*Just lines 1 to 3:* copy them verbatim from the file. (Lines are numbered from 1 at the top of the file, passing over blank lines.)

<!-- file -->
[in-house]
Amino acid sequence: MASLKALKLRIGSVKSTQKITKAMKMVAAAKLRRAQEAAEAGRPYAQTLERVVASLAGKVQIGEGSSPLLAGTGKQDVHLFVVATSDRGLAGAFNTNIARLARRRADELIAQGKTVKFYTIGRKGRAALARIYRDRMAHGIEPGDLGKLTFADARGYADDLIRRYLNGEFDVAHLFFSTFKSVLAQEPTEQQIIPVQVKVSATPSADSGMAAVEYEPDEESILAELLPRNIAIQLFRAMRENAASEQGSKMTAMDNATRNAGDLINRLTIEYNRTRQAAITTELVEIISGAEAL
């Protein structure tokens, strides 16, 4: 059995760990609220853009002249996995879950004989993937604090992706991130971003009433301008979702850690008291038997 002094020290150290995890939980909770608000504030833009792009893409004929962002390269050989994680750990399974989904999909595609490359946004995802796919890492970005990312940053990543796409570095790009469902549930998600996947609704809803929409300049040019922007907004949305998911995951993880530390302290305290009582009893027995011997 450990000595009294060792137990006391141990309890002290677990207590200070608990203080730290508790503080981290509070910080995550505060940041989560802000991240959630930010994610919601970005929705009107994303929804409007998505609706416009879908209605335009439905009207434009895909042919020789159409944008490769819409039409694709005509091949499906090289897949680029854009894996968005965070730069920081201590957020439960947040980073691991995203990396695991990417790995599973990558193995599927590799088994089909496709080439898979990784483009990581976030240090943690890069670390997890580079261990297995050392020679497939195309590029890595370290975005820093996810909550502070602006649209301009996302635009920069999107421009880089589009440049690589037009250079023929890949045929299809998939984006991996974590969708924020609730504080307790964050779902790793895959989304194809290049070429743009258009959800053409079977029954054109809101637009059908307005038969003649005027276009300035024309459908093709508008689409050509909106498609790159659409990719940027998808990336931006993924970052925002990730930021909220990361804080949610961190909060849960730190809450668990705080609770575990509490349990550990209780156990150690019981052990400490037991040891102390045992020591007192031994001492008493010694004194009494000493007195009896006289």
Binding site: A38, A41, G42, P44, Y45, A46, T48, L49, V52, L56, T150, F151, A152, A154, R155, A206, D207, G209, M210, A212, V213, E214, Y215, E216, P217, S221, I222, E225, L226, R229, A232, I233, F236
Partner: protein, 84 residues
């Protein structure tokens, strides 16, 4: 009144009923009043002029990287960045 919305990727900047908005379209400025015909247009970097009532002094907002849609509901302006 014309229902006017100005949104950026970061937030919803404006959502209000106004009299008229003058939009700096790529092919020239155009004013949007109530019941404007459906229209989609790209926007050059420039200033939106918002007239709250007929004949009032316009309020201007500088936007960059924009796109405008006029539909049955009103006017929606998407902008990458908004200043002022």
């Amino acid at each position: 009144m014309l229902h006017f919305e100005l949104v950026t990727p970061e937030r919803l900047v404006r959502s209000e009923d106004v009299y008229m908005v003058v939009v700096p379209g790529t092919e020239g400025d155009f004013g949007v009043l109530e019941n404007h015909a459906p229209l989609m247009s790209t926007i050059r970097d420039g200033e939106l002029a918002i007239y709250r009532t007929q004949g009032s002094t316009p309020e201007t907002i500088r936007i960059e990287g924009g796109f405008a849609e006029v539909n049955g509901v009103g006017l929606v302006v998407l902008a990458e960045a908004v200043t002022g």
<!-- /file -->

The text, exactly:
[in-house]
Amino acid sequence: MASLKALKLRIGSVKSTQKITKAMKMVAAAKLRRAQEAAEAGRPYAQTLERVVASLAGKVQIGEGSSPLLAGTGKQDVHLFVVATSDRGLAGAFNTNIARLARRRADELIAQGKTVKFYTIGRKGRAALARIYRDRMAHGIEPGDLGKLTFADARGYADDLIRRYLNGEFDVAHLFFSTFKSVLAQEPTEQQIIPVQVKVSATPSADSGMAAVEYEPDEESILAELLPRNIAIQLFRAMRENAASEQGSKMTAMDNATRNAGDLINRLTIEYNRTRQAAITTELVEIISGAEAL
């Protein structure tokens, strides 16, 4: 059995760990609220853009002249996995879950004989993937604090992706991130971003009433301008979702850690008291038997 002094020290150290995890939980909770608000504030833009792009893409004929962002390269050989994680750990399974989904999909595609490359946004995802796919890492970005990312940053990543796409570095790009469902549930998600996947609704809803929409300049040019922007907004949305998911995951993880530390302290305290009582009893027995011997 450990000595009294060792137990006391141990309890002290677990207590200070608990203080730290508790503080981290509070910080995550505060940041989560802000991240959630930010994610919601970005929705009107994303929804409007998505609706416009879908209605335009439905009207434009895909042919020789159409944008490769819409039409694709005509091949499906090289897949680029854009894996968005965070730069920081201590957020439960947040980073691991995203990396695991990417790995599973990558193995599927590799088994089909496709080439898979990784483009990581976030240090943690890069670390997890580079261990297995050392020679497939195309590029890595370290975005820093996810909550502070602006649209301009996302635009920069999107421009880089589009440049690589037009250079023929890949045929299809998939984006991996974590969708924020609730504080307790964050779902790793895959989304194809290049070429743009258009959800053409079977029954054109809101637009059908307005038969003649005027276009300035024309459908093709508008689409050509909106498609790159659409990719940027998808990336931006993924970052925002990730930021909220990361804080949610961190909060849960730190809450668990705080609770575990509490349990550990209780156990150690019981052990400490037991040891102390045992020591007192031994001492008493010694004194009494000493007195009896006289």